The UK Ministry of Defence has named major US defence sector investor Carlyle Group as its preferred bidder in negotiations to buy a 51 per cent stake in the state-controlled scientific research organisation QinetiQ.
The UK government had announced earlier this year that it would offer a majority stake in the business to the private sector. This was in line with its plans to attract external funding for the former Defence Evaluation and Research Agency division’s development rather than relying on public sector funding. The government had originally planned to list the company but the collapse in stock market sentiment stopped this being an option.
Initially 40 organisations expressed an interest in investing in the business, a list that was reduced to a handful of financial buyers earlier in the summer. Reports in August suggested that Carlyle had pipped rivals including Apax, Cinven and Barclays Private Equity.
On completion of the deal, which is expected before year end, the Ministry of Defence will retain a significant financial interest in the company ‘as a means of ensuring that the taxpayer shares in any early growth in QinetiQ’s value’. It will also keep a special share to protect the UK's wider defence interests over the longer-term.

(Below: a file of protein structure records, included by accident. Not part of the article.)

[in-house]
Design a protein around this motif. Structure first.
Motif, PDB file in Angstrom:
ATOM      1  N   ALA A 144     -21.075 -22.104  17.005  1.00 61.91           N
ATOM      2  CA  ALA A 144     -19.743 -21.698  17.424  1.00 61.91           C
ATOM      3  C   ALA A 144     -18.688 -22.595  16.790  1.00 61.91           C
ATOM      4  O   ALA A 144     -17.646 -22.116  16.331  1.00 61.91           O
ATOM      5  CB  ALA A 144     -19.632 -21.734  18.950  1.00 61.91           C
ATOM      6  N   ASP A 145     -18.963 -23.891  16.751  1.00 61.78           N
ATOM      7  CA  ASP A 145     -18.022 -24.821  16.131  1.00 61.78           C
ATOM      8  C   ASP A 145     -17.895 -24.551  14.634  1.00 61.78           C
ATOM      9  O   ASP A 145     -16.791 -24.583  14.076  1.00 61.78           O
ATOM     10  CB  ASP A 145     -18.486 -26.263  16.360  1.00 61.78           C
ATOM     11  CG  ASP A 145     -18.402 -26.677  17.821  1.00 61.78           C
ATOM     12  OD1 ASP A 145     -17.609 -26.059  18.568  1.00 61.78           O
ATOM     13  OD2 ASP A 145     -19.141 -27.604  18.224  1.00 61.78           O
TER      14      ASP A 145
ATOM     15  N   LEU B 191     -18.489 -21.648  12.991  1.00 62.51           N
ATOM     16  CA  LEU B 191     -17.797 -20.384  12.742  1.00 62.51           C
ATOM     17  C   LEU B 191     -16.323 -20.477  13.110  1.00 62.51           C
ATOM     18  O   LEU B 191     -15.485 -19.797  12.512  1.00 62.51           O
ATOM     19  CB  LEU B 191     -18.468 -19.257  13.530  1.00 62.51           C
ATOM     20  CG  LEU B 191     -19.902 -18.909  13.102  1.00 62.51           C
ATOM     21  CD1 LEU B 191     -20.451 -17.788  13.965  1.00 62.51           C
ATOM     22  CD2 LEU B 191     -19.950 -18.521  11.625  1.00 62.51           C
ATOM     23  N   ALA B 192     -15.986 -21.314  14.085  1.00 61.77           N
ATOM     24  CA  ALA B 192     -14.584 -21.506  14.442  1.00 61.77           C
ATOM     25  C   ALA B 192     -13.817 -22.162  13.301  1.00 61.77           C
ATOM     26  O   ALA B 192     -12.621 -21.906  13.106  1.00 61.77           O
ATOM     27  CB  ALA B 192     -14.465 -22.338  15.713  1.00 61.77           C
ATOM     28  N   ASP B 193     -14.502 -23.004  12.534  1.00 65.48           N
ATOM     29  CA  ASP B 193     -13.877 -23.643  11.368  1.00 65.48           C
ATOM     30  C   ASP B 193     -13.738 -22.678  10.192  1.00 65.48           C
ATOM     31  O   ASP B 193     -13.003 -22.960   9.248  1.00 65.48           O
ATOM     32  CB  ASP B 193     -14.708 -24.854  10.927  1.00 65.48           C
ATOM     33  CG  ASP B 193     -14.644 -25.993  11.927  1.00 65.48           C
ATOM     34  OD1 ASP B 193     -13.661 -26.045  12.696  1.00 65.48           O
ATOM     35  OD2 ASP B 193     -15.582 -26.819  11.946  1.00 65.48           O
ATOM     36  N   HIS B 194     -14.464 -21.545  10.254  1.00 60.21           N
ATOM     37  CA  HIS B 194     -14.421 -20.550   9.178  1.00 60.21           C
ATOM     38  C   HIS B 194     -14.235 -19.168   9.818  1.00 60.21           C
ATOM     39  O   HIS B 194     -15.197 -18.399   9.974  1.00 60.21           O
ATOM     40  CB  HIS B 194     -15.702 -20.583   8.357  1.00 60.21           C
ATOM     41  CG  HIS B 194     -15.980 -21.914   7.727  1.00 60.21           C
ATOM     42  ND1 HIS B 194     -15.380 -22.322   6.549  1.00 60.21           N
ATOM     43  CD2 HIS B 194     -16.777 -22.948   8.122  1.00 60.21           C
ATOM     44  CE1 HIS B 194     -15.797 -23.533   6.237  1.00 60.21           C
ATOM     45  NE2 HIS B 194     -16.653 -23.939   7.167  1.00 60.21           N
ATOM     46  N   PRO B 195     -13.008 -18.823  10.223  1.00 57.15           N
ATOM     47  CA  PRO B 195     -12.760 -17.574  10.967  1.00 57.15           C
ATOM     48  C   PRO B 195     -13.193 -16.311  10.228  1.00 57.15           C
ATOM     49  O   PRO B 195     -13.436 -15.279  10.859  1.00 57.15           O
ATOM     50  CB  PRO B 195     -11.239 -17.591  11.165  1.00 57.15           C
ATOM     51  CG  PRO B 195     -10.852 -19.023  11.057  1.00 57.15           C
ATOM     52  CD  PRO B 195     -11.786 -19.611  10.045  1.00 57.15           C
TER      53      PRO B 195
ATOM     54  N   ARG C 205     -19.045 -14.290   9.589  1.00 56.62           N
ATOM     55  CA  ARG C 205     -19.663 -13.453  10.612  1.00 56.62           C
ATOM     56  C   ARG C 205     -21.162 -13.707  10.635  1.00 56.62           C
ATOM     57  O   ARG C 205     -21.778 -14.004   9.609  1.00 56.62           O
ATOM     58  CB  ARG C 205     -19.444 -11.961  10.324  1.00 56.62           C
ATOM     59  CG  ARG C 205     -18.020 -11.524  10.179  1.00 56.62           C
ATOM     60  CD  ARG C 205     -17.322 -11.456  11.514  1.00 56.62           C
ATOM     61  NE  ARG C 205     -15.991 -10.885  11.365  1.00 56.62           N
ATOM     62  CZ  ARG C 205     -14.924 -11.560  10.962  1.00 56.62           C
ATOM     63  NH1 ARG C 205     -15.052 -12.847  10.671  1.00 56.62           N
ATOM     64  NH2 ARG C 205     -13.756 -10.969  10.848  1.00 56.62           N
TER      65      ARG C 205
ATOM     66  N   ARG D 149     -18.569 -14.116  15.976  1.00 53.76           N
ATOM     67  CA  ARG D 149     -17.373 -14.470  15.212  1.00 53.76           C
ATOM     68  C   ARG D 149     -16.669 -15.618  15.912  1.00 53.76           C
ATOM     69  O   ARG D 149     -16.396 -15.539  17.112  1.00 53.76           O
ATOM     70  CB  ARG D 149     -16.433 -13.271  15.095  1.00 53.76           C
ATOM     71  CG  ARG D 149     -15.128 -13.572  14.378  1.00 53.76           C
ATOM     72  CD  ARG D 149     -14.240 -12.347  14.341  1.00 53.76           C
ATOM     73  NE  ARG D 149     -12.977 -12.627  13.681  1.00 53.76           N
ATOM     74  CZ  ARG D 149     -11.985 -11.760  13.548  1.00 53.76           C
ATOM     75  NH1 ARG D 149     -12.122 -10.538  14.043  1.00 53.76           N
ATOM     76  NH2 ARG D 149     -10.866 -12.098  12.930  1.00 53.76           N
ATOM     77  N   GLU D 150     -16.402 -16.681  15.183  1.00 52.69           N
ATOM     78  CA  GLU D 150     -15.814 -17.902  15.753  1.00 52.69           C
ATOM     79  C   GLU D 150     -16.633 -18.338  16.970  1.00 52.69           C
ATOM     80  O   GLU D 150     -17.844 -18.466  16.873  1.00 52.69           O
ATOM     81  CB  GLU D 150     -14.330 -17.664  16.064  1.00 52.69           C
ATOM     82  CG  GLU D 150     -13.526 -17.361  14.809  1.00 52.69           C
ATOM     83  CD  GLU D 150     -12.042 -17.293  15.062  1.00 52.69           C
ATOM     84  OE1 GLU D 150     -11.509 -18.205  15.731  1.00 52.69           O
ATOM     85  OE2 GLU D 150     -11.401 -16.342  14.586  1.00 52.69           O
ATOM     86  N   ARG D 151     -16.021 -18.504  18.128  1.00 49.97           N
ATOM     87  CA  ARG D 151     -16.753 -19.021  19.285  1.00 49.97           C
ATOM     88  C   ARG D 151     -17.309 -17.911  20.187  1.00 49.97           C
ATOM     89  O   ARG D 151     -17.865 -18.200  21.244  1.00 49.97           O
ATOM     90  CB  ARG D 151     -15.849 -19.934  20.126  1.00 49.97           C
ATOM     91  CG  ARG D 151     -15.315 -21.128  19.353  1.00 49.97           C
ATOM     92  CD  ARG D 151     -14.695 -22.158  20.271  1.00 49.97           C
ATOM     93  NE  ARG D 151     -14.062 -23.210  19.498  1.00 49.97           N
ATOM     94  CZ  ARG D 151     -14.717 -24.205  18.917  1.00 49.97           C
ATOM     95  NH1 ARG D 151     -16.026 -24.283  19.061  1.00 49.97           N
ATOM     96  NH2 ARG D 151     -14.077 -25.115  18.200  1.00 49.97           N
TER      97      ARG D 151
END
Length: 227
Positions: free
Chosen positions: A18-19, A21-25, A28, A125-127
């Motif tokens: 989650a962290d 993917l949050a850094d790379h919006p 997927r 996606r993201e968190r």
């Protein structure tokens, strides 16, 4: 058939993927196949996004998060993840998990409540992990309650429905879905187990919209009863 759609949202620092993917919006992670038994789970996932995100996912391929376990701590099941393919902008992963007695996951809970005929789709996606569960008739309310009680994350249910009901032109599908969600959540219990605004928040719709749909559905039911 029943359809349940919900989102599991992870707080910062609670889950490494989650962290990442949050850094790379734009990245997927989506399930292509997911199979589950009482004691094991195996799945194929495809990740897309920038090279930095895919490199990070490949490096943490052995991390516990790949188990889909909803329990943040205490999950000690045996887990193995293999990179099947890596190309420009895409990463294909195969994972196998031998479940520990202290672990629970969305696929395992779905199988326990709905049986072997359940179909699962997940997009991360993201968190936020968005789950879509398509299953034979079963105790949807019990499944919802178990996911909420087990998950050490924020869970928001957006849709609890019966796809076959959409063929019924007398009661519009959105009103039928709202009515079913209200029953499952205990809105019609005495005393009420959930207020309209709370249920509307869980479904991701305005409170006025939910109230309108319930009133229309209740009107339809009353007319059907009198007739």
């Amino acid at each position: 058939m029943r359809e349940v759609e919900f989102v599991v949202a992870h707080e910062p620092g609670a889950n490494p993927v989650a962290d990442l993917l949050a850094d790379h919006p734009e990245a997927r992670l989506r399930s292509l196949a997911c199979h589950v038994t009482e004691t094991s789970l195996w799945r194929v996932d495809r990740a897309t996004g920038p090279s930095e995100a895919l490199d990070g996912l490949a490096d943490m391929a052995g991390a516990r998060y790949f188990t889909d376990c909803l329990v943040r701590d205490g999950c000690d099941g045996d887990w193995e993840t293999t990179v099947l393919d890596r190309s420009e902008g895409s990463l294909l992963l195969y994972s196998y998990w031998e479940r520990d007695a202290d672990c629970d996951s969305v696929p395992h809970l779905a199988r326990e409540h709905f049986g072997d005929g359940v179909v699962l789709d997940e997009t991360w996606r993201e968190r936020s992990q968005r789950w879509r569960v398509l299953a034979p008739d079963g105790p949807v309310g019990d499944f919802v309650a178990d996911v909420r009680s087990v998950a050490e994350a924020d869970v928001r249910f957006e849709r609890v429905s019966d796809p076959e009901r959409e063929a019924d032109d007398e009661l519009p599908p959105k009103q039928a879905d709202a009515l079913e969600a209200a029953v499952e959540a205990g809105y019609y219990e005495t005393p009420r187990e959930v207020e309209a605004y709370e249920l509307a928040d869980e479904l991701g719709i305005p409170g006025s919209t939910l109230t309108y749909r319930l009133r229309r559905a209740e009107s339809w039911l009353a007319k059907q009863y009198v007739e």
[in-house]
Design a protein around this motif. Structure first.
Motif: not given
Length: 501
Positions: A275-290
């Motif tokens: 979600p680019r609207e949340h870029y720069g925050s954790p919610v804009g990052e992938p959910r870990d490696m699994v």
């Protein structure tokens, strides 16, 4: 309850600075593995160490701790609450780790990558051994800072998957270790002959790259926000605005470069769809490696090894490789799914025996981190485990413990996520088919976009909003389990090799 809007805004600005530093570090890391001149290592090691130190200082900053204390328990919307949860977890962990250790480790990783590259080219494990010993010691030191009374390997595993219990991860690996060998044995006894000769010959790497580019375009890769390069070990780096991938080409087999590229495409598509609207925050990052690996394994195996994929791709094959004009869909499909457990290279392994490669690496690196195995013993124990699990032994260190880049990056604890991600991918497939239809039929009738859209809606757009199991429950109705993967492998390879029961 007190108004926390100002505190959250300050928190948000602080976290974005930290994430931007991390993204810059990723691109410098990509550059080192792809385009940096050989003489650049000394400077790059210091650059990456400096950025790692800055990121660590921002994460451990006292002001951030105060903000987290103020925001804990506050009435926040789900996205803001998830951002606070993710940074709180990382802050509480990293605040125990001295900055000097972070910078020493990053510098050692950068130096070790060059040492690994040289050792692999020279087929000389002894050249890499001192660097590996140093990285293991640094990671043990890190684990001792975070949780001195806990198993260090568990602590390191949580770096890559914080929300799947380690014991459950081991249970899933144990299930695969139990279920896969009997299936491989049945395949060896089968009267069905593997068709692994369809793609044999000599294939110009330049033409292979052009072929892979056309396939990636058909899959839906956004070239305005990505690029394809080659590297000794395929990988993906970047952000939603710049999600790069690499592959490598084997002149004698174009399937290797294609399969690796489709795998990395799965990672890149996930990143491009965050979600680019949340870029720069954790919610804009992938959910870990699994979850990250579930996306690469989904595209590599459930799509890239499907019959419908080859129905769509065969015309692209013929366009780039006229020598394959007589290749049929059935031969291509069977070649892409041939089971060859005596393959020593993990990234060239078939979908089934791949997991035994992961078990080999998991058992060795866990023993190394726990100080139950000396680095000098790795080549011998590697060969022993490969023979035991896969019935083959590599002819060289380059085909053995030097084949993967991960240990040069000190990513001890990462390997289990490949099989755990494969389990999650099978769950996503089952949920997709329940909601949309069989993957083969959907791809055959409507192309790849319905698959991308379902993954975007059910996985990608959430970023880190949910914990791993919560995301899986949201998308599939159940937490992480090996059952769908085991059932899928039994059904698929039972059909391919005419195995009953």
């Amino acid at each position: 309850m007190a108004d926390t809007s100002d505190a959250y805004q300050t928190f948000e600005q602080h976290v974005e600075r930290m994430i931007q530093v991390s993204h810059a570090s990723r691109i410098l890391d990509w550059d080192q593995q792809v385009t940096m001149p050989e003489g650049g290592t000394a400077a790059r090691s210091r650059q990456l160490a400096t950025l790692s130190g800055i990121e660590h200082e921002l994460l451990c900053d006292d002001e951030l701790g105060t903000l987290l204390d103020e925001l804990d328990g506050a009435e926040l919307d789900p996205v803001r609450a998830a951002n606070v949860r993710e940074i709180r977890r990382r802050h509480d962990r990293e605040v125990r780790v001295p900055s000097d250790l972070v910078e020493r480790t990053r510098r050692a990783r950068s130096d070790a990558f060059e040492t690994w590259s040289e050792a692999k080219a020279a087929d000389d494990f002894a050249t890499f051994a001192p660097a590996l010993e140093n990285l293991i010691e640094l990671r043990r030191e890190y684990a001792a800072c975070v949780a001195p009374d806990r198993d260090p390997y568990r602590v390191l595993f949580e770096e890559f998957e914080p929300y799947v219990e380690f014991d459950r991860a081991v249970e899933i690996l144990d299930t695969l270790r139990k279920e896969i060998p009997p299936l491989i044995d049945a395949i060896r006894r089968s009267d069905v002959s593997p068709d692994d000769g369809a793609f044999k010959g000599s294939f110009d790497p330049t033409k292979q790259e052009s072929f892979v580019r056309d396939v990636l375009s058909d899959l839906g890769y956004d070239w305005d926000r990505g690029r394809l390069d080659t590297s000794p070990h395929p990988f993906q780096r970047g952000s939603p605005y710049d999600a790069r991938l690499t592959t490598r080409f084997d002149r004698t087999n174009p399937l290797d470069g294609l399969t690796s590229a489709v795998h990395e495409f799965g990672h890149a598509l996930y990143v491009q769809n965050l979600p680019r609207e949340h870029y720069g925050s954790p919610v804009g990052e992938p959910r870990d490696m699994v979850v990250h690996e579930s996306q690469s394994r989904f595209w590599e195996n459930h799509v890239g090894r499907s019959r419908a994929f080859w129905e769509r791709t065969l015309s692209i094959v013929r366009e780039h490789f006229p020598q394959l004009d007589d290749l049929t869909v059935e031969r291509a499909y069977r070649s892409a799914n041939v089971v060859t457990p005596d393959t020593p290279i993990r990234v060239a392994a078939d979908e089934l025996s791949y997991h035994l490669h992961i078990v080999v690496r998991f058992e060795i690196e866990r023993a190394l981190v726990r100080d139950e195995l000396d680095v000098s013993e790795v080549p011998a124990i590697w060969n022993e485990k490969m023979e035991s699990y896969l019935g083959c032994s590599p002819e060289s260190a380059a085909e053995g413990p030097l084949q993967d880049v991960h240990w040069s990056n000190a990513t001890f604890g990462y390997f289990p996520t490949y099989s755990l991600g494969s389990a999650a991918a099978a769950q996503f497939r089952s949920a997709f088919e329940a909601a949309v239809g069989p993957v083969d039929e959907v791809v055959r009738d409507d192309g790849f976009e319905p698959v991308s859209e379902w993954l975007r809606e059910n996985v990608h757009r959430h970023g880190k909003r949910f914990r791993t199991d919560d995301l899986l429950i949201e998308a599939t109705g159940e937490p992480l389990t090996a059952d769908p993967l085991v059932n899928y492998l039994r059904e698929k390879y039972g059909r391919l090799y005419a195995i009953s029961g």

Carlyle has close links with a number of government agencies and has made a speciality of investing in the defence sector. Its public sector connections have been furthered by a series of high profile appointments it has made of former top-rank government officials. Last year, Carlyle appointed former UK prime minister John Major as the firm’s European chairman. The group also counts former US president George Bush and his US secretary of state James Baker among its special advisers. Frank Carlucci, US secretary of defence during the Reagan administration, is currently Carlyle Group chairman.
Qinetiq, which employs 9,000 people across its UK laboratories network and has revenues of around £750m, recently announced a net loss of £19.1m in the first nine months after being spun off from the Ministry of Defence. It also booked an exceptional loss of £14.1m in sell-off fees and restructuring costs. Over £7m of this total was paid to its advisors, including NM Rothschild and UBS Warburg, in the run-up to the company's planned float which was cancelled earlier this year.